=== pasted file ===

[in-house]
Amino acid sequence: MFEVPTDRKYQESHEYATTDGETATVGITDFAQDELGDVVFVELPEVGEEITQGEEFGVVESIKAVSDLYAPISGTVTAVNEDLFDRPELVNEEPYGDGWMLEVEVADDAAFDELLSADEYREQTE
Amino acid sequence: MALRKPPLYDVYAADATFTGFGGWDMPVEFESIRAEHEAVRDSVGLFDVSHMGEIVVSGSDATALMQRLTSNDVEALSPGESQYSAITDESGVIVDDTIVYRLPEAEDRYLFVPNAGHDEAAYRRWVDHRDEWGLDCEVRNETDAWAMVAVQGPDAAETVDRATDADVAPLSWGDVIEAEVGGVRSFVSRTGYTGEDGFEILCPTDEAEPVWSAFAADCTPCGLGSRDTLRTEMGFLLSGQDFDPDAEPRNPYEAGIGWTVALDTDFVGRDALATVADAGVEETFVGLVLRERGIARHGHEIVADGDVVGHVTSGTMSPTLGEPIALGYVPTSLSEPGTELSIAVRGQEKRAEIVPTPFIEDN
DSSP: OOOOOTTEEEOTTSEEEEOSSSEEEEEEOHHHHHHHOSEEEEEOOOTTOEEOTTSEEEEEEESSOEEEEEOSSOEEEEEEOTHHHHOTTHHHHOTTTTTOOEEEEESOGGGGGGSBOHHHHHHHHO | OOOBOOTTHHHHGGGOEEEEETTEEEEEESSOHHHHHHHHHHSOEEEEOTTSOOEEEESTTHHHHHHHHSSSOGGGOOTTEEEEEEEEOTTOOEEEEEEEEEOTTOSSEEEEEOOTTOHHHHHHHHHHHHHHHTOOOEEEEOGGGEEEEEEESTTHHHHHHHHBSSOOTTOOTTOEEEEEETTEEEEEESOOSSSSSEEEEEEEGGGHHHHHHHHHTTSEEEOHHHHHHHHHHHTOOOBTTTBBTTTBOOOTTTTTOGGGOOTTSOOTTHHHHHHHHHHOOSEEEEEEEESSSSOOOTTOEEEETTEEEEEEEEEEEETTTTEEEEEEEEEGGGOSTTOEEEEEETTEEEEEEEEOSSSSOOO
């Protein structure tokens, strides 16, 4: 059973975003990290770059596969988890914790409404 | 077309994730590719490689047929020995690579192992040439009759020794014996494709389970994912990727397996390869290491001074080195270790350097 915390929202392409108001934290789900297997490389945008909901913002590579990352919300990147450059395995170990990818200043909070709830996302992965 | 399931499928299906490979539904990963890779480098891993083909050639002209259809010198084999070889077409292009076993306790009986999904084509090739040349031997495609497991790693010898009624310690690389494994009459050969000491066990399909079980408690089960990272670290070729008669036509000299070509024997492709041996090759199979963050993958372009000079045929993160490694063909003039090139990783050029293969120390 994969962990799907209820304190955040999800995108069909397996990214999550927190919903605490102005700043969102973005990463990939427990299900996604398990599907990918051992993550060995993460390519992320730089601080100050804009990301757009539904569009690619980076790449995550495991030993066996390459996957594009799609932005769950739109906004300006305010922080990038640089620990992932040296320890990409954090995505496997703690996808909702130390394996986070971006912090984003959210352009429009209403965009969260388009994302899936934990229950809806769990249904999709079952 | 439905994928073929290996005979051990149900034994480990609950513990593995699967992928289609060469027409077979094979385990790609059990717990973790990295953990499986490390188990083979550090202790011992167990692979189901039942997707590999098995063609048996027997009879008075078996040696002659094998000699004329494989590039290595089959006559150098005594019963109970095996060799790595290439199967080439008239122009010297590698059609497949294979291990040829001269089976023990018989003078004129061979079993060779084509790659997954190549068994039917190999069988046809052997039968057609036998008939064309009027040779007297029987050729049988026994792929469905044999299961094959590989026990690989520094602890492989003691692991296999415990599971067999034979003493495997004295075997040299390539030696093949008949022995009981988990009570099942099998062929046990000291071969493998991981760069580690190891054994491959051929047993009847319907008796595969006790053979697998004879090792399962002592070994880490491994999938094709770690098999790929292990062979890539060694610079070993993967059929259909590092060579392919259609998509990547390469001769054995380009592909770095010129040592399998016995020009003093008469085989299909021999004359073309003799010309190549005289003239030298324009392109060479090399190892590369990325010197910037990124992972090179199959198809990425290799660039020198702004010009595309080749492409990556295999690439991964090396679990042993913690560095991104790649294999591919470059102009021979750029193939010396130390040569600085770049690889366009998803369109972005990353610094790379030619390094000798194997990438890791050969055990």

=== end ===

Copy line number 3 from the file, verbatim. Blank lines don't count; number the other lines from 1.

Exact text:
Amino acid sequence: MALRKPPLYDVYAADATFTGFGGWDMPVEFESIRAEHEAVRDSVGLFDVSHMGEIVVSGSDATALMQRLTSNDVEALSPGESQYSAITDESGVIVDDTIVYRLPEAEDRYLFVPNAGHDEAAYRRWVDHRDEWGLDCEVRNETDAWAMVAVQGPDAAETVDRATDADVAPLSWGDVIEAEVGGVRSFVSRTGYTGEDGFEILCPTDEAEPVWSAFAADCTPCGLGSRDTLRTEMGFLLSGQDFDPDAEPRNPYEAGIGWTVALDTDFVGRDALATVADAGVEETFVGLVLRERGIARHGHEIVADGDVVGHVTSGTMSPTLGEPIALGYVPTSLSEPGTELSIAVRGQEKRAEIVPTPFIEDN